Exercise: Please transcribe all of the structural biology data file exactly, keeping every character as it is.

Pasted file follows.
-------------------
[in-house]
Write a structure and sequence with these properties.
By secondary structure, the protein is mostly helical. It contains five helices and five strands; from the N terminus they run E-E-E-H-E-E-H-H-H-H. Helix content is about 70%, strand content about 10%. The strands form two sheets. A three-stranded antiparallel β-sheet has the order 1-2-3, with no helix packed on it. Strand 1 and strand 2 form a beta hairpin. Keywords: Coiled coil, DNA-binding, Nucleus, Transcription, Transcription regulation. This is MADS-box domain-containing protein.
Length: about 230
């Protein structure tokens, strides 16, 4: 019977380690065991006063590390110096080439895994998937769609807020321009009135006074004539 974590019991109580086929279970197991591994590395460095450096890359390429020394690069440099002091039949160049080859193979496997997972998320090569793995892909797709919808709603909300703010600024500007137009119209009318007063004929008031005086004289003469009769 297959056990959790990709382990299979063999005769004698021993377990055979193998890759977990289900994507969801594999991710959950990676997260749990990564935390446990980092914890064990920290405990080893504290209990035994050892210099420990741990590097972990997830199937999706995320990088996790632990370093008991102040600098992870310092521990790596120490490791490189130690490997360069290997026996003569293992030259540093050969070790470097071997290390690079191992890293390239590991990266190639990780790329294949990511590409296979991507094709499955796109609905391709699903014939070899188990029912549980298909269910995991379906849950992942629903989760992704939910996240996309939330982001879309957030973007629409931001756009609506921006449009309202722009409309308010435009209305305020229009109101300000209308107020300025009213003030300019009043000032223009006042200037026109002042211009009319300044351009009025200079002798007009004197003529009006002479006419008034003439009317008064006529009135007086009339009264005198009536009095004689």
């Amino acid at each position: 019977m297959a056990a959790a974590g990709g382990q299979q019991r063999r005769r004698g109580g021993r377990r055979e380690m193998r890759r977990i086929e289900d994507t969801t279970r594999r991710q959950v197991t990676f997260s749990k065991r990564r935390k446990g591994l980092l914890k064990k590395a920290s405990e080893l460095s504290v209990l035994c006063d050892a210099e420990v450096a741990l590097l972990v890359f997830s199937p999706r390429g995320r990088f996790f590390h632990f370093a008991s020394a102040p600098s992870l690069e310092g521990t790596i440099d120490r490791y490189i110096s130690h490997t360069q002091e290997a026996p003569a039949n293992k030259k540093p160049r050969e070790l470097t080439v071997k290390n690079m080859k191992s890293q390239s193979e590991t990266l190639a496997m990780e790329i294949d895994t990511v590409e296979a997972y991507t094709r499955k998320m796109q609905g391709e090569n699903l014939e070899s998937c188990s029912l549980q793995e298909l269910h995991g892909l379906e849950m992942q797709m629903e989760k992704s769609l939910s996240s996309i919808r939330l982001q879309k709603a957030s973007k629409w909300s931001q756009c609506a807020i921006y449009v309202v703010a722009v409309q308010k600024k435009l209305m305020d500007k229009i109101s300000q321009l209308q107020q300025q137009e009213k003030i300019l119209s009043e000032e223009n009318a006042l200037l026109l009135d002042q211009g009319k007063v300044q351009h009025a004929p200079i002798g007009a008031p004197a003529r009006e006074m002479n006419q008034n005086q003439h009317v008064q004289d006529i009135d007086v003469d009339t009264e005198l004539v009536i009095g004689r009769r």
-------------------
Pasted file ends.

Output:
[in-house]
Write a structure and sequence with these properties.
By secondary structure, the protein is mostly helical. It contains five helices and five strands; from the N terminus they run E-E-E-H-E-E-H-H-H-H. Helix content is about 70%, strand content about 10%. The strands form two sheets. A three-stranded antiparallel β-sheet has the order 1-2-3, with no helix packed on it. Strand 1 and strand 2 form a beta hairpin. Keywords: Coiled coil, DNA-binding, Nucleus, Transcription, Transcription regulation. This is MADS-box domain-containing protein.
Length: about 230
């Protein structure tokens, strides 16, 4: 019977380690065991006063590390110096080439895994998937769609807020321009009135006074004539 974590019991109580086929279970197991591994590395460095450096890359390429020394690069440099002091039949160049080859193979496997997972998320090569793995892909797709919808709603909300703010600024500007137009119209009318007063004929008031005086004289003469009769 297959056990959790990709382990299979063999005769004698021993377990055979193998890759977990289900994507969801594999991710959950990676997260749990990564935390446990980092914890064990920290405990080893504290209990035994050892210099420990741990590097972990997830199937999706995320990088996790632990370093008991102040600098992870310092521990790596120490490791490189130690490997360069290997026996003569293992030259540093050969070790470097071997290390690079191992890293390239590991990266190639990780790329294949990511590409296979991507094709499955796109609905391709699903014939070899188990029912549980298909269910995991379906849950992942629903989760992704939910996240996309939330982001879309957030973007629409931001756009609506921006449009309202722009409309308010435009209305305020229009109101300000209308107020300025009213003030300019009043000032223009006042200037026109002042211009009319300044351009009025200079002798007009004197003529009006002479006419008034003439009317008064006529009135007086009339009264005198009536009095004689």
């Amino acid at each position: 019977m297959a056990a959790a974590g990709g382990q299979q019991r063999r005769r004698g109580g021993r377990r055979e380690m193998r890759r977990i086929e289900d994507t969801t279970r594999r991710q959950v197991t990676f997260s749990k065991r990564r935390k446990g591994l980092l914890k064990k590395a920290s405990e080893l460095s504290v209990l035994c006063d050892a210099e420990v450096a741990l590097l972990v890359f997830s199937p999706r390429g995320r990088f996790f590390h632990f370093a008991s020394a102040p600098s992870l690069e310092g521990t790596i440099d120490r490791y490189i110096s130690h490997t360069q002091e290997a026996p003569a039949n293992k030259k540093p160049r050969e070790l470097t080439v071997k290390n690079m080859k191992s890293q390239s193979e590991t990266l190639a496997m990780e790329i294949d895994t990511v590409e296979a997972y991507t094709r499955k998320m796109q609905g391709e090569n699903l014939e070899s998937c188990s029912l549980q793995e298909l269910h995991g892909l379906e849950m992942q797709m629903e989760k992704s769609l939910s996240s996309i919808r939330l982001q879309k709603a957030s973007k629409w909300s931001q756009c609506a807020i921006y449009v309202v703010a722009v409309q308010k600024k435009l209305m305020d500007k229009i109101s300000q321009l209308q107020q300025q137009e009213k003030i300019l119209s009043e000032e223009n009318a006042l200037l026109l009135d002042q211009g009319k007063v300044q351009h009025a004929p200079i002798g007009a008031p004197a003529r009006e006074m002479n006419q008034n005086q003439h009317v008064q004289d006529i009135d007086v003469d009339t009264e005198l004539v009536i009095g004689r009769r």